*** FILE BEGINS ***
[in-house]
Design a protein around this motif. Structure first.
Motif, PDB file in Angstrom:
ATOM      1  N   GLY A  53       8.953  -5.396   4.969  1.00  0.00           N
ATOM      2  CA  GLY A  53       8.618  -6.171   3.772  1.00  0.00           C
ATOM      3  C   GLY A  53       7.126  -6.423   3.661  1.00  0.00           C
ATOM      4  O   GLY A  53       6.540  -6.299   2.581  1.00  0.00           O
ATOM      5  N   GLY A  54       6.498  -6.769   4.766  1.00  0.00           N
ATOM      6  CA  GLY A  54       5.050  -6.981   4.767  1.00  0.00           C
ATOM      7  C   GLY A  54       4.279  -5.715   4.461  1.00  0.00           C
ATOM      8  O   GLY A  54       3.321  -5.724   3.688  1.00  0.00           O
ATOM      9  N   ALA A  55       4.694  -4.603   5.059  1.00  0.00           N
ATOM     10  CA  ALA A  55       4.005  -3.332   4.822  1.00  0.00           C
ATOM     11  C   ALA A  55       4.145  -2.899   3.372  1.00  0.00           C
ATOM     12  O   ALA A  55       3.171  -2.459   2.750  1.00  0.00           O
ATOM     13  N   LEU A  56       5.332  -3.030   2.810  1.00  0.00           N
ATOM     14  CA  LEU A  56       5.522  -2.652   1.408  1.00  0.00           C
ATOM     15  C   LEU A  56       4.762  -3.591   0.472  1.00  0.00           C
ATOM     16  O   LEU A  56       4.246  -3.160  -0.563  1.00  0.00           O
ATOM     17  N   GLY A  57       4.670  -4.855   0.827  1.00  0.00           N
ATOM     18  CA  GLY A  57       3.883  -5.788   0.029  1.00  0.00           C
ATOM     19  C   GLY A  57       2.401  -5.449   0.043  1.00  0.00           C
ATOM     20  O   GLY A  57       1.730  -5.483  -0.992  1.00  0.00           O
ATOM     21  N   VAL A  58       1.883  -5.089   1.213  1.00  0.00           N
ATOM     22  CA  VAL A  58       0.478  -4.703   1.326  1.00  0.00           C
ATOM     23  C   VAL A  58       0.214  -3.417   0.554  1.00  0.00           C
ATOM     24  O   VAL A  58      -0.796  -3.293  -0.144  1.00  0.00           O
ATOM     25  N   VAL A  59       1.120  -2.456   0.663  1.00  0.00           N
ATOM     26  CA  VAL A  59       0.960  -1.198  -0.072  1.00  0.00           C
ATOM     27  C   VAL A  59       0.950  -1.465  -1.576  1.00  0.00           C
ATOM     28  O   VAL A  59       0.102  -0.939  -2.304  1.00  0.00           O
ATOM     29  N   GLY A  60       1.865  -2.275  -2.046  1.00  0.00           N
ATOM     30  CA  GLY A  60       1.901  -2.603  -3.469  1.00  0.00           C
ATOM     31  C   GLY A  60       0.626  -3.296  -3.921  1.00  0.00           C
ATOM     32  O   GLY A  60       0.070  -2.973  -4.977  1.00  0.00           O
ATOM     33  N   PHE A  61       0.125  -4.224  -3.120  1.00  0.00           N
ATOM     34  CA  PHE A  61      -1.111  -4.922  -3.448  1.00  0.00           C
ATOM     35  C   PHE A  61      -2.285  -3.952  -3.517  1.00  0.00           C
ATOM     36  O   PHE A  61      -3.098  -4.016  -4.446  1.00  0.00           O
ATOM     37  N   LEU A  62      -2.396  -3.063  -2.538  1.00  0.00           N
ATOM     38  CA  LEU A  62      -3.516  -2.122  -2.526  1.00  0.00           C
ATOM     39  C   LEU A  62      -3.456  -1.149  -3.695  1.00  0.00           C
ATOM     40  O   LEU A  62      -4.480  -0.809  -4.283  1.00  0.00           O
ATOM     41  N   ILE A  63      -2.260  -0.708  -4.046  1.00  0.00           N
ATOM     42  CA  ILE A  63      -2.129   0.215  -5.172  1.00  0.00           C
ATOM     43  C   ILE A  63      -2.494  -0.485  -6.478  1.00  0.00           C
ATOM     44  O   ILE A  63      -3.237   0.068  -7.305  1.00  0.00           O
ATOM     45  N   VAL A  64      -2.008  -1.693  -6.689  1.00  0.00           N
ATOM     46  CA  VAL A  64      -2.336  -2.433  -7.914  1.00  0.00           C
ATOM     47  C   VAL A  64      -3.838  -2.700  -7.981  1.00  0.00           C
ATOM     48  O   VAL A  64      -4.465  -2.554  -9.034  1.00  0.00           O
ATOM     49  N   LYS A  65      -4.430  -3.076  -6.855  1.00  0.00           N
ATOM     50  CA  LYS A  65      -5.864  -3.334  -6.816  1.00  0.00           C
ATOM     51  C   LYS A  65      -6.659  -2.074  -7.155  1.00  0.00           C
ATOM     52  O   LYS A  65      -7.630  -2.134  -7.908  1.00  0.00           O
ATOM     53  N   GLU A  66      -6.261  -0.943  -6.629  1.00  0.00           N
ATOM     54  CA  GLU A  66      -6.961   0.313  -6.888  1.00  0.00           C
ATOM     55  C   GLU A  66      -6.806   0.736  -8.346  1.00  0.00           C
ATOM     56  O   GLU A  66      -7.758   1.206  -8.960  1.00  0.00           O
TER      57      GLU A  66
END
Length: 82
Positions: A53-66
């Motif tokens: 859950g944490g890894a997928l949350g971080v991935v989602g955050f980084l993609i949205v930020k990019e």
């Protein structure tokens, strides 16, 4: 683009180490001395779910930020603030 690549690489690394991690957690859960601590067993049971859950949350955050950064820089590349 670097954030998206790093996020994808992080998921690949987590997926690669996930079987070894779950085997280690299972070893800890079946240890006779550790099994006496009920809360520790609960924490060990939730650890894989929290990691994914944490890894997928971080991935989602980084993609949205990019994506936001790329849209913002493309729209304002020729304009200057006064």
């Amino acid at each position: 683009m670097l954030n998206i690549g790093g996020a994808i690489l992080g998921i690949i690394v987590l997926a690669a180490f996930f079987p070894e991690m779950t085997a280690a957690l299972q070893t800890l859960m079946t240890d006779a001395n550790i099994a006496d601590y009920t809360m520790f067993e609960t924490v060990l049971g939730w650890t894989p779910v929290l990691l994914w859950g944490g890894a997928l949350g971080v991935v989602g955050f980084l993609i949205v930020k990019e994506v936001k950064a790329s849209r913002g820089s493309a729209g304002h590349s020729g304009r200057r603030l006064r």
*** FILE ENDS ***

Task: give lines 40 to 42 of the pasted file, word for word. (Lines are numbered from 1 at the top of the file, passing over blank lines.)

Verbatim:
ATOM     37  N   LEU A  62      -2.396  -3.063  -2.538  1.00  0.00           N
ATOM     38  CA  LEU A  62      -3.516  -2.122  -2.526  1.00  0.00           C
ATOM     39  C   LEU A  62      -3.456  -1.149  -3.695  1.00  0.00           C